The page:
In conclusion, Boston College should stay put with their struggles in the ACC. Their wounds wouldn't be healed any faster with a move to the MWC.
Because of the vast amount of talent and elite teams in the SEC, Auburn has taken a step back into the shadows the past few years.
However, that doesn't mean talent doesn't find it's way to the program. Recruiting hasn't been a problem even with the down years recently.
With recruiting, however, comes development. The Tigers are a young football team that is waiting to blossom. And because of that, they find themselves on this list.
However, behind the arm of Florida transfer and former five-star Cameron Newton, don't expect Auburn to be on this list in 2011. Keep the Tigers on your "up and coming" list.
But for 2010, the top of the Mountain West would have their number.
Derek Dooley has some challenges ahead of him.
Transfers, lost recruits, and criticism were quick to be announced after the hiring of Dooley. The newest Vol coach might go through a rough year in 2010, but what else would you expect when a program is abandoned so quickly by it's former "leader"?
Dooley gets a pass from me (and probably most of the nation) this year. However, his football team doesn't.
If anyone were to say Tennessee would finish in the top three in 2010 as a member of the Mountain West conference, they would be considered quite the fool. In fact, the Vols may have a tough time winning any conference at this point in time under such a fresh, new name such as Dooley's.
Tommy Tuberville knows how to win.
And when you hire Tuberville as your new head football coach, you expect to win immediately.
Texas Tech fired their "abuse-thriving" coach in Mike Leach and made the move to Tuberville's unique coaching style. In the end, this move will end up being a great one.
However, Tuberville's offense and defense differ from that of Leach's. Don't expect any drastic improvements until Tuberville gets a few recruiting classes under his belt, filling in his roster with his type of football players.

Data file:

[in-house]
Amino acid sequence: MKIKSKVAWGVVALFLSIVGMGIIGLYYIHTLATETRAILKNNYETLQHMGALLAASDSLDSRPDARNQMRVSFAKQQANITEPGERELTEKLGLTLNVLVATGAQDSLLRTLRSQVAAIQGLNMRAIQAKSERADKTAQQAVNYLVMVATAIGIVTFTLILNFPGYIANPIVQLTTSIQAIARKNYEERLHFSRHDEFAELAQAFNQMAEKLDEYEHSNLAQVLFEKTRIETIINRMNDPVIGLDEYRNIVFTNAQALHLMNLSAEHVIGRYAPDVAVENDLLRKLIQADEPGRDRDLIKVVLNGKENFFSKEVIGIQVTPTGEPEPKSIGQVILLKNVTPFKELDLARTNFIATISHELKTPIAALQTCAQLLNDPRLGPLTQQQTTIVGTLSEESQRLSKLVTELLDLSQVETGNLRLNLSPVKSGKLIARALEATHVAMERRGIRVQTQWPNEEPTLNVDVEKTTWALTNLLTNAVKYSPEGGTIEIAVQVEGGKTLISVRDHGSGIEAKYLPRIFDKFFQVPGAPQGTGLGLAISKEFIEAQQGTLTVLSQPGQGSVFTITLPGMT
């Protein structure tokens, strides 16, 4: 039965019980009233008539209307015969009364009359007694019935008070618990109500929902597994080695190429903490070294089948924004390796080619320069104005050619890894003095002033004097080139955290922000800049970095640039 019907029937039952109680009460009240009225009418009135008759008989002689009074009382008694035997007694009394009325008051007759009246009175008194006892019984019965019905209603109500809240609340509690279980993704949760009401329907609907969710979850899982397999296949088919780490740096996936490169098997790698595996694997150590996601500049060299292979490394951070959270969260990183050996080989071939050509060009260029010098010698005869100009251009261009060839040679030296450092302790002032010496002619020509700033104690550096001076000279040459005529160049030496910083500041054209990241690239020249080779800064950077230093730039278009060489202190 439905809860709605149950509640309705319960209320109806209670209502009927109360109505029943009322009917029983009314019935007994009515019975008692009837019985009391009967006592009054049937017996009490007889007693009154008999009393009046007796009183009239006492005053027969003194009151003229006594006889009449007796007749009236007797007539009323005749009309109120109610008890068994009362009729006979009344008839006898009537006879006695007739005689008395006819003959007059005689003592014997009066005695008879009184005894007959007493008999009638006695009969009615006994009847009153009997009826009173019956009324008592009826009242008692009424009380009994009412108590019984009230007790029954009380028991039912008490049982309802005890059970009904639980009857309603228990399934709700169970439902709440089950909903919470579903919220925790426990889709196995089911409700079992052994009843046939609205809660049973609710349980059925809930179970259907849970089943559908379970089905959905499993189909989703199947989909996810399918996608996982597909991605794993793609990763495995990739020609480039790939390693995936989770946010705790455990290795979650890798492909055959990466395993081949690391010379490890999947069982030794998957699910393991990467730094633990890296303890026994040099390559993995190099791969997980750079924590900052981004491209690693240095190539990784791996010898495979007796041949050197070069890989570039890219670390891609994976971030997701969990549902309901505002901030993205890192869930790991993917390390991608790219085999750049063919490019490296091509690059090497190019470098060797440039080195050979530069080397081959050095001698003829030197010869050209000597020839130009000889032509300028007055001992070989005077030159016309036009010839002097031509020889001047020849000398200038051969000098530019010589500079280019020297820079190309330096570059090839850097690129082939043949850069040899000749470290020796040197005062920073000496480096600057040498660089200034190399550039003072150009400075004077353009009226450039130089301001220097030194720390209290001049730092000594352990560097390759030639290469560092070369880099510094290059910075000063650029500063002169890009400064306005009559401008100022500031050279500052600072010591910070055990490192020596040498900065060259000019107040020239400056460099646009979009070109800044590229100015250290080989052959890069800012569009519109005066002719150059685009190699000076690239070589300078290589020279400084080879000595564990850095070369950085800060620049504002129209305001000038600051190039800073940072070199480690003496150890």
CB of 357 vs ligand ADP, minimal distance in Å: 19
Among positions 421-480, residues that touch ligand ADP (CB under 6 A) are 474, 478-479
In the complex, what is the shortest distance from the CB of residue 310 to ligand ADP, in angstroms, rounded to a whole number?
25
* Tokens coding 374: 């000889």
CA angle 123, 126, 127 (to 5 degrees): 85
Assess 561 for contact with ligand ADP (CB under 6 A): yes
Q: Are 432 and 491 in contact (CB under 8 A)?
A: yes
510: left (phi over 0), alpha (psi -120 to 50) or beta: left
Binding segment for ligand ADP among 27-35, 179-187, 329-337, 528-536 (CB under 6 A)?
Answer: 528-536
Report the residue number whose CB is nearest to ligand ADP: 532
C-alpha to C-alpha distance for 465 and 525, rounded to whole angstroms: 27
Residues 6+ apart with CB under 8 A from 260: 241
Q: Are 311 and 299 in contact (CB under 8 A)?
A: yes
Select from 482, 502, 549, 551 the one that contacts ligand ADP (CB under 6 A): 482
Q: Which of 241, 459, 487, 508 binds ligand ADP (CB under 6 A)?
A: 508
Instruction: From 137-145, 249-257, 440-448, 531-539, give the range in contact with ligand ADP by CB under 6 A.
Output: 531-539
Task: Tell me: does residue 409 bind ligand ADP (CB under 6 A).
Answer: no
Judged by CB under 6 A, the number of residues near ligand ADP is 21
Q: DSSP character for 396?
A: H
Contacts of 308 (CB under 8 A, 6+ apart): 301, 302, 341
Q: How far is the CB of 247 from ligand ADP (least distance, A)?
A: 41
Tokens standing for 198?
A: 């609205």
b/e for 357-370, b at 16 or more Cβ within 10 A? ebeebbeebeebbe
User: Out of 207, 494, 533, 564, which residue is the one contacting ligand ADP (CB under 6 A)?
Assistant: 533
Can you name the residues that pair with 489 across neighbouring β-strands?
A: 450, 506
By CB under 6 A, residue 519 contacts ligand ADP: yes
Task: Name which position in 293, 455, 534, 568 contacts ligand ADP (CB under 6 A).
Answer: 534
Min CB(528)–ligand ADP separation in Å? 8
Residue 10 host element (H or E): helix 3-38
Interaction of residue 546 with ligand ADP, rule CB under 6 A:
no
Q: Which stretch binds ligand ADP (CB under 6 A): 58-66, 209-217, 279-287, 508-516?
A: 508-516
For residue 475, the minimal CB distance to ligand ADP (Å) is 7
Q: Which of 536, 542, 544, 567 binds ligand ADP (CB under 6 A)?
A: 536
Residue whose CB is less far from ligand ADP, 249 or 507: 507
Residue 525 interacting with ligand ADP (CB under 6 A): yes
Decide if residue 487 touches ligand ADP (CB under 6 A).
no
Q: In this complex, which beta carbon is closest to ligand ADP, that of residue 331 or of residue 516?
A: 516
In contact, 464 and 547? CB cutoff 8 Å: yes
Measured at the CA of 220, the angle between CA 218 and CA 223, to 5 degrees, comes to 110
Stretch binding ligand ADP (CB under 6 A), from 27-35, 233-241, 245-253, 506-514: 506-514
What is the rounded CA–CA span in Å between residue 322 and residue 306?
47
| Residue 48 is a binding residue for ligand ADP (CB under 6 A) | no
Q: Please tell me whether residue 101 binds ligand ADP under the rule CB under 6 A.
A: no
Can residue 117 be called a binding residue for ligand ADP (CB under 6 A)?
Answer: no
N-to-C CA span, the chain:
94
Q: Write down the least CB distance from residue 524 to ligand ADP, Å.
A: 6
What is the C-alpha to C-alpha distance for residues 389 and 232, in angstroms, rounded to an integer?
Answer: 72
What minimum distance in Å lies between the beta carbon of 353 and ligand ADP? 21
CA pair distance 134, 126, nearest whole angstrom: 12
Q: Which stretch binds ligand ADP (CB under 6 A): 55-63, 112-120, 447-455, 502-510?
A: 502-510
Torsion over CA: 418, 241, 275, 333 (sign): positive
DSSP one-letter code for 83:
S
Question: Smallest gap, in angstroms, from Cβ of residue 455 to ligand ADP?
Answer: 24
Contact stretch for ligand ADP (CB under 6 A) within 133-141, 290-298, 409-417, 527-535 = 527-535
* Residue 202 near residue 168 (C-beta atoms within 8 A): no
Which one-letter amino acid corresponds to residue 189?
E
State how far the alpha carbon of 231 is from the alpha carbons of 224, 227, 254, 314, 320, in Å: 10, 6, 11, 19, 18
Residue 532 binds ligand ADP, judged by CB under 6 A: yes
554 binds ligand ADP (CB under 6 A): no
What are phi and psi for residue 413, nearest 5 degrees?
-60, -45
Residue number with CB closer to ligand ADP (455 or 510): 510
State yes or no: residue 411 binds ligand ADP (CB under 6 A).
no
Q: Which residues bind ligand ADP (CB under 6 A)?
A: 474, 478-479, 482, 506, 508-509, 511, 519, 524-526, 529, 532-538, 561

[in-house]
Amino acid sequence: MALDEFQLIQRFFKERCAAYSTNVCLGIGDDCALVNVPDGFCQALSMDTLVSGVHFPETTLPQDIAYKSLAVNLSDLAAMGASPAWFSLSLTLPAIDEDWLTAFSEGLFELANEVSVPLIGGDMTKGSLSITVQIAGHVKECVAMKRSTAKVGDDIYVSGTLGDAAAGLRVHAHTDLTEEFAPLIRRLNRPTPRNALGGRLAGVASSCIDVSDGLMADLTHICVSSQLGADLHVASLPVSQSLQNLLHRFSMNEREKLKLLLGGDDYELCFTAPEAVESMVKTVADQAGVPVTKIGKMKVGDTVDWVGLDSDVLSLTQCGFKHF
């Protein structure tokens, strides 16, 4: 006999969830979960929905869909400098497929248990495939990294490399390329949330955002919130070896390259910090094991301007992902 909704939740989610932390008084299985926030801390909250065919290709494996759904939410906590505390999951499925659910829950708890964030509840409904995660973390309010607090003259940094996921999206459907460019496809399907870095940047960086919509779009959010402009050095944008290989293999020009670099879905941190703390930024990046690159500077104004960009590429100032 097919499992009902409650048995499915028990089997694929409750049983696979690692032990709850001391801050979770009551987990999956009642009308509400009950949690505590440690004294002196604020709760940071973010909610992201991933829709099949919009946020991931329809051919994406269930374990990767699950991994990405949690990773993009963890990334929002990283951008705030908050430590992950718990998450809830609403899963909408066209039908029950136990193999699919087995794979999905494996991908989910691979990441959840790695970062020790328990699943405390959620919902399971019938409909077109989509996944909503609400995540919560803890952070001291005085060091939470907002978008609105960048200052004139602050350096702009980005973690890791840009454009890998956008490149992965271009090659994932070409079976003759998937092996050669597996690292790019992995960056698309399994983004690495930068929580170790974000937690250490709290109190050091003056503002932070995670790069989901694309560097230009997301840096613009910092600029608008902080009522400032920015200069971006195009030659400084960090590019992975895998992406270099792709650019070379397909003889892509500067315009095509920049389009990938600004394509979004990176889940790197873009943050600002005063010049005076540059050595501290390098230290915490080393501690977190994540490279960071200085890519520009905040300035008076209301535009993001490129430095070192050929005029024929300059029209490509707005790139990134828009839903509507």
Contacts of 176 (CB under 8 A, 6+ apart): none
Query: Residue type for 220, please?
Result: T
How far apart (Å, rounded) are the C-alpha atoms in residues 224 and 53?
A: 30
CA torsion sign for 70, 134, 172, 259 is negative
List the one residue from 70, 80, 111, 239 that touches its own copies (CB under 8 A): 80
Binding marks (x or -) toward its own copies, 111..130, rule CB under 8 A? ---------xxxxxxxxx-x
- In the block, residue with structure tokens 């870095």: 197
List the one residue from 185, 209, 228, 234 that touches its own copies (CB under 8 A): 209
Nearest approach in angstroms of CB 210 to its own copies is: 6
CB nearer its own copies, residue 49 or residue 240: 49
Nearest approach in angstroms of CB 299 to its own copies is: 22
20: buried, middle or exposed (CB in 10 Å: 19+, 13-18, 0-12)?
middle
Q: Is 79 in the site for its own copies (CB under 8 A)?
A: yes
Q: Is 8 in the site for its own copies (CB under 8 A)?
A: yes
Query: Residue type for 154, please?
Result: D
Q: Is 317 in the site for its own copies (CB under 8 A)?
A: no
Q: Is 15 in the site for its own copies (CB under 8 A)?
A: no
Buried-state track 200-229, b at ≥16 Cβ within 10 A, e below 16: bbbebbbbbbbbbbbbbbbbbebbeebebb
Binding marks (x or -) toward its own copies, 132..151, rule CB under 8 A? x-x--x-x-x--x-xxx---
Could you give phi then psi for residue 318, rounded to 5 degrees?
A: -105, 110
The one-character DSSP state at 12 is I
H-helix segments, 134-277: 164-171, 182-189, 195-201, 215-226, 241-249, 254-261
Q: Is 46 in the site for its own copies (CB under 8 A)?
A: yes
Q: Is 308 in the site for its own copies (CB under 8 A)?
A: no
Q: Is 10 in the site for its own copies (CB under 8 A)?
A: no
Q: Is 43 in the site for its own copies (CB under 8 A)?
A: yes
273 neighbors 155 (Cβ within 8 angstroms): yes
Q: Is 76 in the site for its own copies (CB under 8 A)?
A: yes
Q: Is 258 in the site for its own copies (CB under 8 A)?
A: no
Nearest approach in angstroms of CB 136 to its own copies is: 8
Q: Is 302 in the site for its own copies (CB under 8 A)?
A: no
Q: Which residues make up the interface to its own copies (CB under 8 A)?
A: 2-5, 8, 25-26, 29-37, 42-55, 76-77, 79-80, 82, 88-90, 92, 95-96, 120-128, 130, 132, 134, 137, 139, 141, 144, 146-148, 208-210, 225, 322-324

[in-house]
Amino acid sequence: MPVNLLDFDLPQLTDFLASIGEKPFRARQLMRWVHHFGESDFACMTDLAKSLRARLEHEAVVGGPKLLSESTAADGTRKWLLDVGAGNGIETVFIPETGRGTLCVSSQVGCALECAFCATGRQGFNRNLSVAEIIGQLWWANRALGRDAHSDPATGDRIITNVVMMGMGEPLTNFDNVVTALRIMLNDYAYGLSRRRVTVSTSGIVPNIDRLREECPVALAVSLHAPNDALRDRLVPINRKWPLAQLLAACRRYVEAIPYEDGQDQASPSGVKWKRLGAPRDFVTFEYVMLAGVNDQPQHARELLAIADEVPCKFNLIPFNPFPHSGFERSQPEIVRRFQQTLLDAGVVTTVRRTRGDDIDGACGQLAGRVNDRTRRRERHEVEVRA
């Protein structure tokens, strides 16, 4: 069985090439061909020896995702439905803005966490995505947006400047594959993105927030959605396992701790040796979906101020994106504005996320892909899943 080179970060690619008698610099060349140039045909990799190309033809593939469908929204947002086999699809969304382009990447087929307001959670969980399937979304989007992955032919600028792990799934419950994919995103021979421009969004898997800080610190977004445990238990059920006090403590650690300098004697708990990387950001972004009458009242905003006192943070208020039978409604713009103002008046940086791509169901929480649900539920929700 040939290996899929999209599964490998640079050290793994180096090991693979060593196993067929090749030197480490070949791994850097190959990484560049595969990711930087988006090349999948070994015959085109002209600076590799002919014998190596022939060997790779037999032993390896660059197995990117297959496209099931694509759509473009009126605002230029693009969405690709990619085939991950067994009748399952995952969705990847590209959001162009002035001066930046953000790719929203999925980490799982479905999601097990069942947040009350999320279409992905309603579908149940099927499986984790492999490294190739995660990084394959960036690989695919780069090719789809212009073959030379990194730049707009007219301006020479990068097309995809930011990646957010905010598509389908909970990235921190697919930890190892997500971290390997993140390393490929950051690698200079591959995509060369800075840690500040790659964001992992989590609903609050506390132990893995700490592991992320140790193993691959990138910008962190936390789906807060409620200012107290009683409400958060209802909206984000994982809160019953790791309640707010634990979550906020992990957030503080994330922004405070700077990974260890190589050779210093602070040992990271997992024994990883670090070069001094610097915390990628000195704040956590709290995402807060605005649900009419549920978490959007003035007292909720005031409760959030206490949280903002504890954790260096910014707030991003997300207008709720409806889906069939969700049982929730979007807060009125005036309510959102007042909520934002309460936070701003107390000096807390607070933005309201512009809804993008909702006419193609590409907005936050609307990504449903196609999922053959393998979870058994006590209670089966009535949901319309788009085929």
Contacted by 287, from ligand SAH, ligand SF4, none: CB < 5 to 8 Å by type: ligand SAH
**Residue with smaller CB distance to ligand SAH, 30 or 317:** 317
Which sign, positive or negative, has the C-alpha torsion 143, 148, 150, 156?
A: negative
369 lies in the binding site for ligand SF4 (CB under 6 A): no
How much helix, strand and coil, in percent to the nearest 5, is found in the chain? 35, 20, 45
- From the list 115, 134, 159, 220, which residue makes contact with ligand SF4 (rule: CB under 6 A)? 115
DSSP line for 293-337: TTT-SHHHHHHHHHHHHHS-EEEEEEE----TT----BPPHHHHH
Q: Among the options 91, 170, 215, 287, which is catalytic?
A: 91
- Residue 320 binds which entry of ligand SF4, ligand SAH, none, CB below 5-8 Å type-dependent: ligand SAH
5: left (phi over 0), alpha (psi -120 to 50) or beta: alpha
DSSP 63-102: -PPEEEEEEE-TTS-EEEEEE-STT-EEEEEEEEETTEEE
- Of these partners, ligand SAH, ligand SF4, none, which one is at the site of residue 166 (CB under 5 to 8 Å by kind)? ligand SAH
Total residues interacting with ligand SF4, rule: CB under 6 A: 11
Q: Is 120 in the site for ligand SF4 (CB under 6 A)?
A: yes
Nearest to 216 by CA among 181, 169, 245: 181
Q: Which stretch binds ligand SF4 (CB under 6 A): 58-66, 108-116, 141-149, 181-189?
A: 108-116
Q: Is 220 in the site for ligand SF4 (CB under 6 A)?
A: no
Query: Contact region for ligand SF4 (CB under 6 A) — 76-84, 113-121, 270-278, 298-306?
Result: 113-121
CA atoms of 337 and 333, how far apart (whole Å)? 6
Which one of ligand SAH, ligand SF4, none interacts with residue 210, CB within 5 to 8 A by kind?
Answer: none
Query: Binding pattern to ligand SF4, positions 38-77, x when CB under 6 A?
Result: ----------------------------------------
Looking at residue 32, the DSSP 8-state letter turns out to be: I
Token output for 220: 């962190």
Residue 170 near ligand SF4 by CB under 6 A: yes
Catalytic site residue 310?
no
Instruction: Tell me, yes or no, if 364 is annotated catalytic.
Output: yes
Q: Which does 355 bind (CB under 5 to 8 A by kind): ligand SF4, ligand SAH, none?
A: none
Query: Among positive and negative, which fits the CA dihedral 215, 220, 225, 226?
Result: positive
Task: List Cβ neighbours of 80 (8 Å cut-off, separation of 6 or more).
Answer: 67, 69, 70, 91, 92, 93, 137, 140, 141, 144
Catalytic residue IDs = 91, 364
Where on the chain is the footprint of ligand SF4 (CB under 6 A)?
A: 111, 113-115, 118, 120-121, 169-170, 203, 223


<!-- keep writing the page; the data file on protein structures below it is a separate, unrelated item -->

2010 may be a decent year for Tech, but the Mountain West wouldn't be too kind to them either. A top three finish would almost be guaranteed, but beating TCU would leave Tuberville without any hardware in his first year in Texas.
Just like their Big East counterpart in Rutgers, Pittsburgh is another team that seems to have just been missing a piece or two to push them into being considered the "big boys" of the college football landscape.
Bill Wannstedt wears the mustache like an elite football coach. Why can't his teams follow him into the promised land?
2009 was a great year for this Pitt team, but they lose signal-caller Bill Stull. With questions at quarterback and on defense, they will take a step back out of the Top 25 in 2010.
TCU's swarming defense would eat the Panthers up. Utah's offense would overpower this weakened defense, as would that of BYU.
A 2010 appearance in the Mountain West would result in a third place finish for Wannstedt's team.
This list seems to possess a bunch of teams thriving to make it to the top under the guidance of a great coach.
Well, South Carolina rounds out this list, Steve Spurrier or not.
Spurrier is a fantastic football coach and has shown his abilities at South Carolina to win big football games (inconsistently, however).
The Gamecocks, like many of the rest of the teams, can be filed under the under-achieving BCS teams that never seem to turn that corner they need to in order to be recognized as one of the best. Although they win big games, they lose ones they have no business losing.
With little talent difference between South Carolina and the elite of the Mountain West, I wouldn't expect Spurrier's team to come out on top in the West. Although it would end in a better result than the massacre in the SEC, the Gamecocks wouldn't find a ring in the Mountains, either.